• Students usually confuse the coefficients in chemical equations with the subscripts in chemical formula. This simulation makes clear that the rule in real reaction is the ratio (coefficients) and the conservation of atoms in contrast with the production of new different (in quality and quantity) molecules.
• The wrong predictions are mainly made when there is no product. The simulation helps students to understand it but from the teacher viewpoint, I believe that there is no reason to explain to students something that could never happen! That is, to be in the condition of an amount of atoms that cannot form at least 1 molecule!. In addition, a misconception can be caused when there are both reactants in leftovers (this happens in reversible equations). We use to say that the limiting reactant is finished in one-way reactions…
Teacher’s conclusions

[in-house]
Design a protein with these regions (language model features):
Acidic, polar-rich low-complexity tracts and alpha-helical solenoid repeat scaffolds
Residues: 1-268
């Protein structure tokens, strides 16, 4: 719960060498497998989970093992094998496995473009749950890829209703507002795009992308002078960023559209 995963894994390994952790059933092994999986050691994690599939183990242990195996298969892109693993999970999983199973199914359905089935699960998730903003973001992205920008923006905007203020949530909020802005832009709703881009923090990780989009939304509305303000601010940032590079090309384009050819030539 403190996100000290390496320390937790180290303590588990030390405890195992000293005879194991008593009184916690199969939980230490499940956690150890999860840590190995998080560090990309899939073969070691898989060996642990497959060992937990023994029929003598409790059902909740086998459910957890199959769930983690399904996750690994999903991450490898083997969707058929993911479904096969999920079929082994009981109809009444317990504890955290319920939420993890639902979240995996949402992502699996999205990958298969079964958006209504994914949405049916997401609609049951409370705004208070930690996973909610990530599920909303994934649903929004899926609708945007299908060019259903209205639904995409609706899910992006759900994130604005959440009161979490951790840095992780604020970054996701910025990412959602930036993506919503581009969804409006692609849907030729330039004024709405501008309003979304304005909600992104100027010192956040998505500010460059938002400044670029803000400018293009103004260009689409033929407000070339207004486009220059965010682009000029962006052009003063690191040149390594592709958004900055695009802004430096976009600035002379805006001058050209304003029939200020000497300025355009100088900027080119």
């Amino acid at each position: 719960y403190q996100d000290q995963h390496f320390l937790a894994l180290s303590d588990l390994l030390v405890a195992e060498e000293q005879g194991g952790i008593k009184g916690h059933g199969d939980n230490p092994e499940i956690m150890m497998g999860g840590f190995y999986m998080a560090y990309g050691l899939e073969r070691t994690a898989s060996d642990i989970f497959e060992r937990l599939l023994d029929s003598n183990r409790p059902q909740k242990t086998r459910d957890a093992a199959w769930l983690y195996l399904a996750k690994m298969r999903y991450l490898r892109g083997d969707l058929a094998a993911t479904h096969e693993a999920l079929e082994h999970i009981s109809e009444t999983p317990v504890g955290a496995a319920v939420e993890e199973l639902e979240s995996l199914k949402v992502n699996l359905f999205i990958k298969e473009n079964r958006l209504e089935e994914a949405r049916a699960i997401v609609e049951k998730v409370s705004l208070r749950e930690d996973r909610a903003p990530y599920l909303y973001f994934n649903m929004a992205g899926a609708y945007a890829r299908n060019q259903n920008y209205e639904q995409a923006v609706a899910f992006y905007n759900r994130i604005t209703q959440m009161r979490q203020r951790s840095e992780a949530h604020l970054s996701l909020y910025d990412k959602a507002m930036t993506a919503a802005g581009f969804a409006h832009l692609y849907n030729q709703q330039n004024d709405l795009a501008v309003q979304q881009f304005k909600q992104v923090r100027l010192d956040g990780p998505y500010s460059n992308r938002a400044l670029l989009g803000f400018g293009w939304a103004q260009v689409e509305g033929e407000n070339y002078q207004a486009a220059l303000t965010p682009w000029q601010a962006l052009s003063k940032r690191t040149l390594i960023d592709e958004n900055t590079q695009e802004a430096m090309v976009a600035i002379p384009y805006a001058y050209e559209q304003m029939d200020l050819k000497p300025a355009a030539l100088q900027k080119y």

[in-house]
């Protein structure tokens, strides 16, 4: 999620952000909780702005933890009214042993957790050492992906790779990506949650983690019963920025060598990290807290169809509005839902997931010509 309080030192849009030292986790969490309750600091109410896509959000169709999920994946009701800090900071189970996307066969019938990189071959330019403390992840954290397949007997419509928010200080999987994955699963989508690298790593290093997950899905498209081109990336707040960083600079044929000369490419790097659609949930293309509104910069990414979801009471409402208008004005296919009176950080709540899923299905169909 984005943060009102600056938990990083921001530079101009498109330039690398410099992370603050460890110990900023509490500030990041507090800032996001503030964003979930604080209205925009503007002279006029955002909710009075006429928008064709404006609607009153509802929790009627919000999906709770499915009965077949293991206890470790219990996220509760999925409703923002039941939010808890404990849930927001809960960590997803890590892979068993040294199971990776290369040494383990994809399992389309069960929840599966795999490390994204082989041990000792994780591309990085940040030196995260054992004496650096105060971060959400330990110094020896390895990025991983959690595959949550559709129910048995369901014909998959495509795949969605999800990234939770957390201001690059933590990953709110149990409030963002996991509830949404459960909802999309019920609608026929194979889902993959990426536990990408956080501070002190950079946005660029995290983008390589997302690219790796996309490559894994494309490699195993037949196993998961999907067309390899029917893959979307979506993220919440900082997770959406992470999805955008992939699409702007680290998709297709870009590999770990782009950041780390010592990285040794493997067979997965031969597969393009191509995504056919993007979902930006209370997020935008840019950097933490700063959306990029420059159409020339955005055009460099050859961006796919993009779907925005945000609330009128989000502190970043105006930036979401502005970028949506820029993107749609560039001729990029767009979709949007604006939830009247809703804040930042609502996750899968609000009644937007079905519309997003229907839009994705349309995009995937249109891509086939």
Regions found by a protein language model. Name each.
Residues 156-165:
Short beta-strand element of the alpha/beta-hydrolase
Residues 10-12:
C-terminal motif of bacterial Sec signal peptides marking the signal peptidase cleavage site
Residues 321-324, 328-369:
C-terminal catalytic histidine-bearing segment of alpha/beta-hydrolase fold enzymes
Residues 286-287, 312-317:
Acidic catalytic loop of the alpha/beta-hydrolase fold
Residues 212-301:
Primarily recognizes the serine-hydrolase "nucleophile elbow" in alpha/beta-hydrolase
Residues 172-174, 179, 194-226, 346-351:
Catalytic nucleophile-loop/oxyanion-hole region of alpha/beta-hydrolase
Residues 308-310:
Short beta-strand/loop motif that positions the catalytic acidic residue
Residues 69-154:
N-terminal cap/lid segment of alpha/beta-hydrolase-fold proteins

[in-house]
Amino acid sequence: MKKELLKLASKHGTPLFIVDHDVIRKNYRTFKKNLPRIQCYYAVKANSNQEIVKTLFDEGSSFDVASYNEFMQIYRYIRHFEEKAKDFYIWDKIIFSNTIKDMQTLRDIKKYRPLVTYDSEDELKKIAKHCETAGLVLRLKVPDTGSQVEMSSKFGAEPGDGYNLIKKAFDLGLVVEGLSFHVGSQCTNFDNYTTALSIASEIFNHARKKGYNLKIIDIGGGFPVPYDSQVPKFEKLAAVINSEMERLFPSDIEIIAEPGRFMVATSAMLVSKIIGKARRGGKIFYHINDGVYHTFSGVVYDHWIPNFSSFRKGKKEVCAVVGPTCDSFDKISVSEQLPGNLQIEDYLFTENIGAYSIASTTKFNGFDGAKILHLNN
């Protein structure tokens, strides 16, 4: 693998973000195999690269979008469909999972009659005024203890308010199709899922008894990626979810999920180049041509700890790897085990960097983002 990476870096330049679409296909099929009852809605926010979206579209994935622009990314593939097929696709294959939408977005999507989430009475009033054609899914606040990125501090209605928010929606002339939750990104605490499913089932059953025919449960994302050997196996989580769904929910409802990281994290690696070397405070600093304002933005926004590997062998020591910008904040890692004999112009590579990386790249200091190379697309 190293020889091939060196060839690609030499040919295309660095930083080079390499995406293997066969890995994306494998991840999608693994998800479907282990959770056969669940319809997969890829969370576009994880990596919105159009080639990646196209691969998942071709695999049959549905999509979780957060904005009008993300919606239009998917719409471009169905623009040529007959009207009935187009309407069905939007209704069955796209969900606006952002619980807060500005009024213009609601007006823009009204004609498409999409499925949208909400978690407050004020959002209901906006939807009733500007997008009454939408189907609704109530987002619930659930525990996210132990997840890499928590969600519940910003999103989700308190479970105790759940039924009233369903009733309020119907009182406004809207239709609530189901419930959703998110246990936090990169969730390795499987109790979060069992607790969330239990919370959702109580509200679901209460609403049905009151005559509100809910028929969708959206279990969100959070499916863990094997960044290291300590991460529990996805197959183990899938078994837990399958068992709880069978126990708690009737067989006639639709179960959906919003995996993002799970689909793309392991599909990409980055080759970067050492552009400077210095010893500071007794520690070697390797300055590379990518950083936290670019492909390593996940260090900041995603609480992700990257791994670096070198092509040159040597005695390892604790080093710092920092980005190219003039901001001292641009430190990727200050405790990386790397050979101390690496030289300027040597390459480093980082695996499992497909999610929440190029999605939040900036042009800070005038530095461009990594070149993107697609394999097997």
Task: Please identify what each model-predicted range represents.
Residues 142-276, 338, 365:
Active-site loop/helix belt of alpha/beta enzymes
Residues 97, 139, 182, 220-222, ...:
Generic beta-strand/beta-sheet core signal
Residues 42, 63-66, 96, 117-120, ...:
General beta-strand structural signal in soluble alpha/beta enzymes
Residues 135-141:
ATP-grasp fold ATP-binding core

The experience of the application was very positive :
1. Very good understanding of the conservation of atoms and production of different molecules according to the mole ratio of the chemical equation.
2. Very good understanding of the concept of the limiting reagent. The difficulties of students with analogies are alleviated due to the simulation
There are some points that need attention and that could be optimized as far as the understanding of massive production and chemical equilibrium is concerned. Two consideration are the following:
1. Do not allow to have no product (≠0) in order to use fractions in moles ratio.
2. Give the choice of reversible equations in chemical equilibrium in order to help students understand the concept of reaction yield in combination with limiting agent. For example it would be very intelligible for students in the sandwich shop to understand that if we make 100 sandwiches and we sell 60 then the leftovers are the reactants for 40 sandwiches (of course there is need to reiterate that it is dynamic equilibrium, not static)

National Reports on successful experiences to promote lifelong learning for chemistry The national reports on chemistry successful experiences to promote lifelong learning for chemistry are now available on the related section of the project portal. The reports presents examples of successful experiences in the partner countries and the results of testing of ICT resources with science teachers.